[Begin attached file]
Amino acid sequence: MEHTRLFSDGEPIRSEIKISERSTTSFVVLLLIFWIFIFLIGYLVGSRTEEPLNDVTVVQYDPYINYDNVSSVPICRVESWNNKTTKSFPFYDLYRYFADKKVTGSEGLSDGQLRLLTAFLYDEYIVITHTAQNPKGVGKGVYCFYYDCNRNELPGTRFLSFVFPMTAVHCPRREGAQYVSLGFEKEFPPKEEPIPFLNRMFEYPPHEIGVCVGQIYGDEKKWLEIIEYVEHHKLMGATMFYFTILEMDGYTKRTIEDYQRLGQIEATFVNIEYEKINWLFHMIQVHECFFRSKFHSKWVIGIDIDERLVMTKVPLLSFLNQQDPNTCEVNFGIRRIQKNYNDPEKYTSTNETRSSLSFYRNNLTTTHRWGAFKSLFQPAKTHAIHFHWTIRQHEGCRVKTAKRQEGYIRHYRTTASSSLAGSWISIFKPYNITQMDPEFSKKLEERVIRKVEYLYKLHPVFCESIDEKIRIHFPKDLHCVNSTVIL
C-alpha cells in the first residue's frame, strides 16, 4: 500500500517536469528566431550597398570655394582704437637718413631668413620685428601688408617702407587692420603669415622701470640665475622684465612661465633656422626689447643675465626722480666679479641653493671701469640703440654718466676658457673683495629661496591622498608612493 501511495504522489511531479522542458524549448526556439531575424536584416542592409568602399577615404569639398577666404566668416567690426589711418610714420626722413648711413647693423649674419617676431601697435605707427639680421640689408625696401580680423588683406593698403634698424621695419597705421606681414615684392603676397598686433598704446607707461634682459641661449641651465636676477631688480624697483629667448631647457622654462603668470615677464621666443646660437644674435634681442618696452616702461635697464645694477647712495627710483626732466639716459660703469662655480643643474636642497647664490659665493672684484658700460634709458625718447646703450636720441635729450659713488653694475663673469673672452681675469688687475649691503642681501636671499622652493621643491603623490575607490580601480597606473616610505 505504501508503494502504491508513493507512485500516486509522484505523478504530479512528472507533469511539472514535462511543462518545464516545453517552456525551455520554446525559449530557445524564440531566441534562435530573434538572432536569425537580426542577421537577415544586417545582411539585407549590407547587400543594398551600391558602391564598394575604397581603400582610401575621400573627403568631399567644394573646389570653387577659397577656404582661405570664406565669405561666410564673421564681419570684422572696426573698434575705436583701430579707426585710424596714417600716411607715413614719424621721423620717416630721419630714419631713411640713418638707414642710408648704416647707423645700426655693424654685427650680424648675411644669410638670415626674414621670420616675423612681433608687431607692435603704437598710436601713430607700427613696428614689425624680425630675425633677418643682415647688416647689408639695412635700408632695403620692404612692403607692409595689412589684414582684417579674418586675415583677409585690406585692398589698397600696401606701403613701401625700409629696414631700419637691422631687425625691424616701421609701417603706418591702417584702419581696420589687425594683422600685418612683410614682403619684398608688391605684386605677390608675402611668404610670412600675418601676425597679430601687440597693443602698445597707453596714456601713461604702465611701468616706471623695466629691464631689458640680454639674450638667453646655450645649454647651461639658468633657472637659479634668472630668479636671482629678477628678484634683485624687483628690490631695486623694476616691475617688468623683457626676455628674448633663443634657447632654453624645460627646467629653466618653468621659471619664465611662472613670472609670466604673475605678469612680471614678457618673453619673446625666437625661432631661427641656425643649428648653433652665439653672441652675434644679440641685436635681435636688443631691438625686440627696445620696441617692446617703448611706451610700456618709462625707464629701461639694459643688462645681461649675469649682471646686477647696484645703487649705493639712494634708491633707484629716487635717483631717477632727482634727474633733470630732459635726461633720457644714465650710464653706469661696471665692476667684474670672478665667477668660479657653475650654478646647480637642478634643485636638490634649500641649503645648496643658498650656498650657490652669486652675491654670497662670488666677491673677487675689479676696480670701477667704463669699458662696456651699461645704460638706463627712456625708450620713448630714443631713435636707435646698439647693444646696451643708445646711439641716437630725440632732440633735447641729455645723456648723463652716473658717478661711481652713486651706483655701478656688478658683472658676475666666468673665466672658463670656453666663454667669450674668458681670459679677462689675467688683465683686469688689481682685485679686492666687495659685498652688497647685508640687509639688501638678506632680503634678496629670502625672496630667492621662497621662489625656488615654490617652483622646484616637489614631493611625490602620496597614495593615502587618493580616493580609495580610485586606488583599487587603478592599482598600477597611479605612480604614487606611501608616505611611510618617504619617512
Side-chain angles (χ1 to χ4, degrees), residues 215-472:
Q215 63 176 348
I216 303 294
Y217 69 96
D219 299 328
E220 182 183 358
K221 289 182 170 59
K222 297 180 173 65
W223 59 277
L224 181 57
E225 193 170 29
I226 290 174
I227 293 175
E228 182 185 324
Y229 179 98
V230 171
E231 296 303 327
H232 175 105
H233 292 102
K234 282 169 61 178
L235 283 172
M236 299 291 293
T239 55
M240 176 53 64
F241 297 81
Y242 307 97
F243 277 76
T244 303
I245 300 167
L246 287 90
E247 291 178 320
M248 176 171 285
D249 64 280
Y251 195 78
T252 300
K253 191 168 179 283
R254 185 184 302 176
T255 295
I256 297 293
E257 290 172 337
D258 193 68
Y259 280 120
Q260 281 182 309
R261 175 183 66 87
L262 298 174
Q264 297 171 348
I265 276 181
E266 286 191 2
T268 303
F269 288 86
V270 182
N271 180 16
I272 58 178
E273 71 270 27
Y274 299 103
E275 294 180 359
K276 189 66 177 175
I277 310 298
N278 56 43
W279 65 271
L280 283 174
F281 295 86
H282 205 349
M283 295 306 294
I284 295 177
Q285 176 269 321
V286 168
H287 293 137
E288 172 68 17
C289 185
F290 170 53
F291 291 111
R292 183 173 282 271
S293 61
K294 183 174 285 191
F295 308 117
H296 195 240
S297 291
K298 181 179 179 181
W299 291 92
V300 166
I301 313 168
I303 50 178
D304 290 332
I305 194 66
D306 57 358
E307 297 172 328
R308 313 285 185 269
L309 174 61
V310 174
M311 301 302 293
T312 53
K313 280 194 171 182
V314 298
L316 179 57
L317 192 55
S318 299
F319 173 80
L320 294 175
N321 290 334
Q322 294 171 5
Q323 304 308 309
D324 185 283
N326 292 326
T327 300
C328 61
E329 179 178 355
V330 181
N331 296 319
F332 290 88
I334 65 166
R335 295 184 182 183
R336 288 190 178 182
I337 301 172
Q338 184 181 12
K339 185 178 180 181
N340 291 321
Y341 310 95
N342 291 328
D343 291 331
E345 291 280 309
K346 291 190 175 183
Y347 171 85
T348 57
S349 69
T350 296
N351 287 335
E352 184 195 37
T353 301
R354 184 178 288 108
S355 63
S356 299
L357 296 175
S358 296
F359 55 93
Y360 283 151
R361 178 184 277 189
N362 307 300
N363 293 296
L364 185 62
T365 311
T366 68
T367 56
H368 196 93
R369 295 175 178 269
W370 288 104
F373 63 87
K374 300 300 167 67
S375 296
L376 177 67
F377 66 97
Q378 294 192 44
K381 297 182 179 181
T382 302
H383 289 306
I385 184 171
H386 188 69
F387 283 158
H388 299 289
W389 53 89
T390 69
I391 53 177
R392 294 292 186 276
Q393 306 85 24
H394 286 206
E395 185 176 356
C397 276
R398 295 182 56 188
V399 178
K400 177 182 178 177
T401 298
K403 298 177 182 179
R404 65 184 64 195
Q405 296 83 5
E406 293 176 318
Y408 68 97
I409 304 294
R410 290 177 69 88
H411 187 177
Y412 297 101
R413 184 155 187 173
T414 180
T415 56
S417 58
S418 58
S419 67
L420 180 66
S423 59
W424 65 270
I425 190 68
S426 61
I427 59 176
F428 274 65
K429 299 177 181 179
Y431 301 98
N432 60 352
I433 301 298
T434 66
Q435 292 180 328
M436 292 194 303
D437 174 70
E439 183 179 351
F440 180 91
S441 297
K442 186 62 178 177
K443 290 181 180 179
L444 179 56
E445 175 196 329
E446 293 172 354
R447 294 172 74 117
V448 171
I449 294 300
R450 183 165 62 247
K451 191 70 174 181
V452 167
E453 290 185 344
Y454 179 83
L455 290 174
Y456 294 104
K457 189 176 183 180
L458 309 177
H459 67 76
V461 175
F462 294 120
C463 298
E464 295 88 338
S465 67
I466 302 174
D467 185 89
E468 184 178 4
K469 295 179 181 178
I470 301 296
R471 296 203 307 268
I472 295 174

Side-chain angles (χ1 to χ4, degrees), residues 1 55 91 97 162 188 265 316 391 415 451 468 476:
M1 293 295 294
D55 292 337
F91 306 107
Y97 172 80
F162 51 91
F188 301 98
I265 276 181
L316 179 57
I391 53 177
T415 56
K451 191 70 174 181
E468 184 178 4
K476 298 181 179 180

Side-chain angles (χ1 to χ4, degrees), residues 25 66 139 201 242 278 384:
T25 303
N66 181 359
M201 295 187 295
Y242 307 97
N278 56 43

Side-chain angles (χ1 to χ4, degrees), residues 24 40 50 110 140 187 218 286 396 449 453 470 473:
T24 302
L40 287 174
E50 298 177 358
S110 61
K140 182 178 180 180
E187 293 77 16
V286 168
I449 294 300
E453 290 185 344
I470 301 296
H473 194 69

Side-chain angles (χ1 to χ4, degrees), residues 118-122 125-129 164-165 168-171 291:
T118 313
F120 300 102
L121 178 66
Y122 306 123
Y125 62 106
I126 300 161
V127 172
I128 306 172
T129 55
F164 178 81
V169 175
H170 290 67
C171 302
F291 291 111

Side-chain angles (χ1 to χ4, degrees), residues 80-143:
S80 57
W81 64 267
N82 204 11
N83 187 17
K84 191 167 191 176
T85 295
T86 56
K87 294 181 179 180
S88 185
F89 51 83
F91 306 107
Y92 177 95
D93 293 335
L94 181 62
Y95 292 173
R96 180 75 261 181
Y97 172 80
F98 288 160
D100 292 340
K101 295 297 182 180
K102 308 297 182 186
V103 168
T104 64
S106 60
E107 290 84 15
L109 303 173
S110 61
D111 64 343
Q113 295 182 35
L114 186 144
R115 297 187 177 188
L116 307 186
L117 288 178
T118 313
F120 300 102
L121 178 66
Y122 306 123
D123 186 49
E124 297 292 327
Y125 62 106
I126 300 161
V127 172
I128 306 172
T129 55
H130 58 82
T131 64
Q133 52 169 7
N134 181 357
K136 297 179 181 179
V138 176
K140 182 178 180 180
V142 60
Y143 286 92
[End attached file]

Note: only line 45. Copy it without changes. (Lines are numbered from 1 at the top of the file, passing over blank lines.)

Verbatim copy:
Q260 281 182 309